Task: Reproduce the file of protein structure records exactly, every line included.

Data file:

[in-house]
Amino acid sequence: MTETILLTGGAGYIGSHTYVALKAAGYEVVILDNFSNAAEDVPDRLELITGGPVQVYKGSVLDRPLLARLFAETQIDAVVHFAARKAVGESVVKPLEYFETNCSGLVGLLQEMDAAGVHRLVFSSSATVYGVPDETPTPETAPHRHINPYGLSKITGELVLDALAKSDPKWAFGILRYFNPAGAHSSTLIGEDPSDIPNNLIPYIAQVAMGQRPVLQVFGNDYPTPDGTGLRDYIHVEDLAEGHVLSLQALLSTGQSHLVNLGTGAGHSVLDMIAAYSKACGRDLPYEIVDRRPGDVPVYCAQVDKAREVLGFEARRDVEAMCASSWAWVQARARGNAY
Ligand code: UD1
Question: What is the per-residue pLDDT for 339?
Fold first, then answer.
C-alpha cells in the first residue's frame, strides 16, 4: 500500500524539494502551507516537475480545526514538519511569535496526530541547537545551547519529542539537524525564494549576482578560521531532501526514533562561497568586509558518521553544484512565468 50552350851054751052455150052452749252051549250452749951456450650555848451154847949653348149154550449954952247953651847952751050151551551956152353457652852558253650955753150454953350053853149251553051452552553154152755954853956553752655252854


[in-house]
Amino acid sequence: MTETILLTGGAGYIGSHTYVALKAAGYEVVILDNFSNAAEDVPDRLELITGGPVQVYKGSVLDRPLLARLFAETQIDAVVHFAARKAVGESVVKPLEYFETNCSGLVGLLQEMDAAGVHRLVFSSSATVYGVPDETPTPETAPHRHINPYGLSKITGELVLDALAKSDPKWAFGILRYFNPAGAHSSTLIGEDPSDIPNNLIPYIAQVAMGQRPVLQVFGNDYPTPDGTGLRDYIHVEDLAEGHVLSLQALLSTGQSHLVNLGTGAGHSVLDMIAAYSKACGRDLPYEIVDRRPGDVPVYCAQVDKAREVLGFEARRDVEAMCASSWAWVQARARGNAY
Ligand code: UD1
Question: What is the per-residue pLDDT for 339?
Fold first, then answer.
C-alpha cells in the first residue's frame, strides 16, 4: 500500500524539494502551507516537475480545526514538519511569535496526530541547537545551547519529542539537524525564494549576482578560521531532501526514533562561497568586509558518521553544484512565468 50552350851054751052455150052452749252051549250452749951456450650555848451154847949653348149154550449954952247953651847952751050151551551956152353457652852558253650955753150454953350053853149251553051452552553154152755954853956553752655252854